In 2008, he began hosting his own programme, The Huey Show, on BBC Radio 6 Music and since then he has also started presenting two shows on BBC Radio 2.

It’s in his guise as a DJ that he’ll be making an appearance in Chester next month.

“I remember 22 years ago when we first started making music in this country it was Steve Lamacq and Jo Whiley on the Radio One Evening Session who first started playing us,” he says as he gets ready to stand in for Lamacq on 6 Music’s Drivetime slot over the festive period.

“I saw Jo the other day and I was laughing because I always thought she was a guy back then!

“When I started DJing Steve was one of the guys I went to who gave me a few tips – it was really good and civil of him to do because not everyone in the broadcasting business wants to share.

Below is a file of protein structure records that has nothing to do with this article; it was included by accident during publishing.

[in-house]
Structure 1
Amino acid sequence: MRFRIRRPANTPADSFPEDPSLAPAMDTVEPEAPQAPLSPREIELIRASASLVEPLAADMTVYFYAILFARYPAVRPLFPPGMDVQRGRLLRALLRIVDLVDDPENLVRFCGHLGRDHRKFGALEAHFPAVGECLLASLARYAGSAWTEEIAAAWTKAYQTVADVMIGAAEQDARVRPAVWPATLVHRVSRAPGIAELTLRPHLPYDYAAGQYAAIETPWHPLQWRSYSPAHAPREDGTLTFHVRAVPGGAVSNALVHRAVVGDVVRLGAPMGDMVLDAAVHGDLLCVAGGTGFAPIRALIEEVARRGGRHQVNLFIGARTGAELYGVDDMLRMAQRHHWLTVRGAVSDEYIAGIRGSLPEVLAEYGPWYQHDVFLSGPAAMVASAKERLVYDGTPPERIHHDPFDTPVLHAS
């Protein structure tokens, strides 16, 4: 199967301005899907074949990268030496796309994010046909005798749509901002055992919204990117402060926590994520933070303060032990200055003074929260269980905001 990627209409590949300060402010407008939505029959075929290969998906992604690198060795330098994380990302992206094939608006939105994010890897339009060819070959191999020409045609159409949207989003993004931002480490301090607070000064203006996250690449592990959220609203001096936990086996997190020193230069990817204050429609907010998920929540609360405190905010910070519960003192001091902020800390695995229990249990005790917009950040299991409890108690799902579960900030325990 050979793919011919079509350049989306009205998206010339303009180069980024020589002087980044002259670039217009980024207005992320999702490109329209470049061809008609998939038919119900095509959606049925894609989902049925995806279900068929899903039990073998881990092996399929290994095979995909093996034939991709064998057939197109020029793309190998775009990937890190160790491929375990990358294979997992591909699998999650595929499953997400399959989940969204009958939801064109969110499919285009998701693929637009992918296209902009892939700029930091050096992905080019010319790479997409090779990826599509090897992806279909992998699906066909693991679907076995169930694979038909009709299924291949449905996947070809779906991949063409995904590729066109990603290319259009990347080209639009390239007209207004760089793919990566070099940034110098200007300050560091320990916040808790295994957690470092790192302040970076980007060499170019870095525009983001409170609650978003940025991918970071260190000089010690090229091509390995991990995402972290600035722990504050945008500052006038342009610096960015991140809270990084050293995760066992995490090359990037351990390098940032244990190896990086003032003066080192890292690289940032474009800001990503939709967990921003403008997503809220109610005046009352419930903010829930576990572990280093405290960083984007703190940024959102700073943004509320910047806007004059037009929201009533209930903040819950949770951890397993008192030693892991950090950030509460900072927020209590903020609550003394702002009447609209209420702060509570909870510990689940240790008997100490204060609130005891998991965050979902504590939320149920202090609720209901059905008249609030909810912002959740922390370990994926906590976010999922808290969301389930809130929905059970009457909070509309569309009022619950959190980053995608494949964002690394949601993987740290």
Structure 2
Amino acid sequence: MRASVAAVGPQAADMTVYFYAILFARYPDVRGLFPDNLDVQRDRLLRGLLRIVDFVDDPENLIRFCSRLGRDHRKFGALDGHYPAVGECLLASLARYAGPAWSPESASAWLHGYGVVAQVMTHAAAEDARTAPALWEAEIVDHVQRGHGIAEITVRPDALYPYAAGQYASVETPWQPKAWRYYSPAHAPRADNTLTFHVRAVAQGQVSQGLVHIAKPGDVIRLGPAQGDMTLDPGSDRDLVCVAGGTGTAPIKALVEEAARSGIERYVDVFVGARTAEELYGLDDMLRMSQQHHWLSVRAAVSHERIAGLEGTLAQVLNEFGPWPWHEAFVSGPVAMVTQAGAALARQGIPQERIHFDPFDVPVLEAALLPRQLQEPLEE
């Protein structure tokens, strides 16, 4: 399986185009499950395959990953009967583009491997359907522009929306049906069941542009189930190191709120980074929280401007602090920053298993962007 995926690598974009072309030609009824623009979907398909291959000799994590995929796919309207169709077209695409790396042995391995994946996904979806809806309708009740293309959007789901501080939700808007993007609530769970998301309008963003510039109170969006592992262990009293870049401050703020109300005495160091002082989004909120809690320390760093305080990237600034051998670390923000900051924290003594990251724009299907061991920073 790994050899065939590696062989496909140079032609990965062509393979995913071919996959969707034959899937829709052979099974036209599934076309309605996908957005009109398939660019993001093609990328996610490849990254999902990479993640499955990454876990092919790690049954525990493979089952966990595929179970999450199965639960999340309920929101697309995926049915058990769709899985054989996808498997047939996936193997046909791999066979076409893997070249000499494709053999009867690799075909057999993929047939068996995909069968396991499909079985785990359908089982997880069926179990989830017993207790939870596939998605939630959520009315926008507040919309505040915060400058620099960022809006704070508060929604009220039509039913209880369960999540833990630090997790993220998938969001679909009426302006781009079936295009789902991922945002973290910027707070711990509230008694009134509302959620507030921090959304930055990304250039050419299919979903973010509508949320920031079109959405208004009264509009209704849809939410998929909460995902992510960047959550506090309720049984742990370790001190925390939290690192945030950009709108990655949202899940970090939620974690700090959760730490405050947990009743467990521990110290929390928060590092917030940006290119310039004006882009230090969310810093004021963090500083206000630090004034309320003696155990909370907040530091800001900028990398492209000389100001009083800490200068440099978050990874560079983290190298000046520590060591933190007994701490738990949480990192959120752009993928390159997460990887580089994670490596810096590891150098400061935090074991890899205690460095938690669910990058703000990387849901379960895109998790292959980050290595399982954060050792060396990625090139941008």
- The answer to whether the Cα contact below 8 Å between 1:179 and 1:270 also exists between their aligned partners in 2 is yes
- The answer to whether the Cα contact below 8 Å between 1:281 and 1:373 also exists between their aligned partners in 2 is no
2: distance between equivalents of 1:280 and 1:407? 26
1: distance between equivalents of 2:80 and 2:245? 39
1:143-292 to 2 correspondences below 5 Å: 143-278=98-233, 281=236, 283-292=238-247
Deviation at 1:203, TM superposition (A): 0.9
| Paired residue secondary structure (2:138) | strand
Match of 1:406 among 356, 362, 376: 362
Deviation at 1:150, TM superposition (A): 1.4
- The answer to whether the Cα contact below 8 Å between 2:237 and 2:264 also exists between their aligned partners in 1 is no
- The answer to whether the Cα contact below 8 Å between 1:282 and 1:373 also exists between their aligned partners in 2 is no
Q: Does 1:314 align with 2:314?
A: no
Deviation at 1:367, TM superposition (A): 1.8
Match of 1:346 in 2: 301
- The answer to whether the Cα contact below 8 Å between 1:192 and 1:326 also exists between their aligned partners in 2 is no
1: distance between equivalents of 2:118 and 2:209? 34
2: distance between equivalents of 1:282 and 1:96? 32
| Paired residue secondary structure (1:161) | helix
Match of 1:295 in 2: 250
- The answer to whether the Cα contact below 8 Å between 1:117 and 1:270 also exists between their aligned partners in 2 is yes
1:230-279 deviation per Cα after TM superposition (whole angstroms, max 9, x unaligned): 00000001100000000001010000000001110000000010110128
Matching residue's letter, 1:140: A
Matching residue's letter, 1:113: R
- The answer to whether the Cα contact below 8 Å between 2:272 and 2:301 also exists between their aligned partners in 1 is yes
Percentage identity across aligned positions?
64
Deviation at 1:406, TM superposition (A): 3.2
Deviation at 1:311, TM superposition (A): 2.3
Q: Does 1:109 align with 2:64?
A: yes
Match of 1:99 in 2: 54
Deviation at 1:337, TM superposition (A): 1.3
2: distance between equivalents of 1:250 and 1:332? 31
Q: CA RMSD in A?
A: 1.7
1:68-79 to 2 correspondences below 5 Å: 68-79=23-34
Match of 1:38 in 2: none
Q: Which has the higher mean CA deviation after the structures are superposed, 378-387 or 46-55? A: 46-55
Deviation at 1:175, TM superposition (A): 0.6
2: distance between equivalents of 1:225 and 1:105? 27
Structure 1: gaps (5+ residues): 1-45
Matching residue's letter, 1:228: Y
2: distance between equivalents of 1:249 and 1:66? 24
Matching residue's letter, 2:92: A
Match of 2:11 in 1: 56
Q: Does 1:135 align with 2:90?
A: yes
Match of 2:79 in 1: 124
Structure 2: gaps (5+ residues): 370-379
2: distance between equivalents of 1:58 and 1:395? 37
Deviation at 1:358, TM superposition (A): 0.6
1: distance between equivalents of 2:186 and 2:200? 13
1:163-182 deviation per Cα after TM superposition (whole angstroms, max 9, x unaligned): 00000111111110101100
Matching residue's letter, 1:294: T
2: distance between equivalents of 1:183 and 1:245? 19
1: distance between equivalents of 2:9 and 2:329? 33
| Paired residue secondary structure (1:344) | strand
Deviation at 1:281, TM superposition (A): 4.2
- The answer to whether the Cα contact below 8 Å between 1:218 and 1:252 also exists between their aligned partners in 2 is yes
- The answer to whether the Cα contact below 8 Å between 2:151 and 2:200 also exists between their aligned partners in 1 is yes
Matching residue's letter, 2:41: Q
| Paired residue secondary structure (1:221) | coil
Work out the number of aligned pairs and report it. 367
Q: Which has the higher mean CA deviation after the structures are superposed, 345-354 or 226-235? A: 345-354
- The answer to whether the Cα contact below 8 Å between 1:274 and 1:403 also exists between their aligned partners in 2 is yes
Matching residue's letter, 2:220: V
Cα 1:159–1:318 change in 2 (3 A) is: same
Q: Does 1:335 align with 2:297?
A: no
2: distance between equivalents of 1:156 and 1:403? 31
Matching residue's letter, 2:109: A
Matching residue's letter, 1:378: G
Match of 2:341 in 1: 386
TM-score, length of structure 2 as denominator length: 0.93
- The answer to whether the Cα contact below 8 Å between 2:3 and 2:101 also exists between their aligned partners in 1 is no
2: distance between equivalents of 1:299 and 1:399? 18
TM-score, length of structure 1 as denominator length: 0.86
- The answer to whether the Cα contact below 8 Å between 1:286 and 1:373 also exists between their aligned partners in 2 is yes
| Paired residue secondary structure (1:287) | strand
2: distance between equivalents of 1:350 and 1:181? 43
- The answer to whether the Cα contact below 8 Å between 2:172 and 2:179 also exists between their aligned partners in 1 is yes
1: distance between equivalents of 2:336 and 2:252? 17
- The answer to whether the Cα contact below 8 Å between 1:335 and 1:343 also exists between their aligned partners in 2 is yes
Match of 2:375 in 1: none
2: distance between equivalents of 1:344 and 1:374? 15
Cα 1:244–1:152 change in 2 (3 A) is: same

“Steve is a just a really nice guy and I’m just keeping his seat warm.”

“I’m a real fan of radio and I know what an intimate medium it is.

“It’s not like a TV where the screen is the barrier. You can put it on and it really soundtracks your day and I know what the listeners expect from me on a Saturday morning.”

What they’ve come to expect is a freewheeling mix taken from Huey’s famous record collection, which can encompass everything from disco to Led Zeppelin, the Beastie Boys to Alicia Keys and Kraftwerk to Elvis.

“When I’m DJing I roll into the place with about 5,000 songs,” says Huey. “My ethos has always been ‘don’t plan something’.

“If you get a bunch of human beings together and you try and fit a square peg in a round hole it’s never going to work.